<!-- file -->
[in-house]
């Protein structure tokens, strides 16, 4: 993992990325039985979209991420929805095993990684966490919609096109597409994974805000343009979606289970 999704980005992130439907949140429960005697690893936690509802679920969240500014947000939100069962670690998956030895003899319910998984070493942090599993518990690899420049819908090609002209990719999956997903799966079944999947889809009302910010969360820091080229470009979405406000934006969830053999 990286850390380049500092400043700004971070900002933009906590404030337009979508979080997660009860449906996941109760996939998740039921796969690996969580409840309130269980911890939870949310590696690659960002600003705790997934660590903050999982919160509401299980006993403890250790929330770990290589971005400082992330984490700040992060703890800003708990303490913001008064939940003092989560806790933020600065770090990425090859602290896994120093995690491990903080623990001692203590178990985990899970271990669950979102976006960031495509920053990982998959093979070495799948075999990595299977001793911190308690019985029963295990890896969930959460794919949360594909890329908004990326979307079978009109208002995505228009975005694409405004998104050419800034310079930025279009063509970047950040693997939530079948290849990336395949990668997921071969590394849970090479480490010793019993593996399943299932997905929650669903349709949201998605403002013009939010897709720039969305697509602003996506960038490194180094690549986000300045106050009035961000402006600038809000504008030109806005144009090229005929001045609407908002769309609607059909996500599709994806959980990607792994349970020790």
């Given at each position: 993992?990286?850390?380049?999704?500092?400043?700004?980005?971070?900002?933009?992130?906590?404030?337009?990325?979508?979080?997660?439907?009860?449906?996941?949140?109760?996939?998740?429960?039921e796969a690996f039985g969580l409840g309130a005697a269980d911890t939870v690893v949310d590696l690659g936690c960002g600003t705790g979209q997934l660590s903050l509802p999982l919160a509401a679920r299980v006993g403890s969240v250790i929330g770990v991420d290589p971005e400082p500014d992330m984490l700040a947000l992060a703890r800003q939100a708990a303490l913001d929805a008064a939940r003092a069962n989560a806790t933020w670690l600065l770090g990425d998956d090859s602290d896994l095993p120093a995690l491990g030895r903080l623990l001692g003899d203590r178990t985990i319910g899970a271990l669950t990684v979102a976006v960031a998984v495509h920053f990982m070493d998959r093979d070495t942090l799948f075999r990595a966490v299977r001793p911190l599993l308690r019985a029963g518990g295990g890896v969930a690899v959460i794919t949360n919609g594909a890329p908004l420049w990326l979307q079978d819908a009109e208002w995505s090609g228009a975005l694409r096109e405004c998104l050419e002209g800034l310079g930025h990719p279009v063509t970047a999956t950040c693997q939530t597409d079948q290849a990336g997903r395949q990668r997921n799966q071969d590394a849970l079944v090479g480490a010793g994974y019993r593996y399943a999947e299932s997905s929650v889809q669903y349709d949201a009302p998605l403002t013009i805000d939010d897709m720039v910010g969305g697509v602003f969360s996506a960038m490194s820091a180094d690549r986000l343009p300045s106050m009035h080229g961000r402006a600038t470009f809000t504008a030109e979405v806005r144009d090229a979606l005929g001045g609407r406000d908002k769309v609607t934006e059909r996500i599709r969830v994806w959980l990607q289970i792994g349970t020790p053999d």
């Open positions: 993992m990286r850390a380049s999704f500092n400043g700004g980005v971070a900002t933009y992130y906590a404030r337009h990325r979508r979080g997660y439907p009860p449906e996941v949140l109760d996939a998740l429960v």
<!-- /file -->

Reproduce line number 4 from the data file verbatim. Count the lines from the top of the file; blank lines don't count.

């Open positions: 993992m990286r850390a380049s999704f500092n400043g700004g980005v971070a900002t933009y992130y906590a404030r337009h990325r979508r979080g997660y439907p009860p449906e996941v949140l109760d996939a998740l429960v």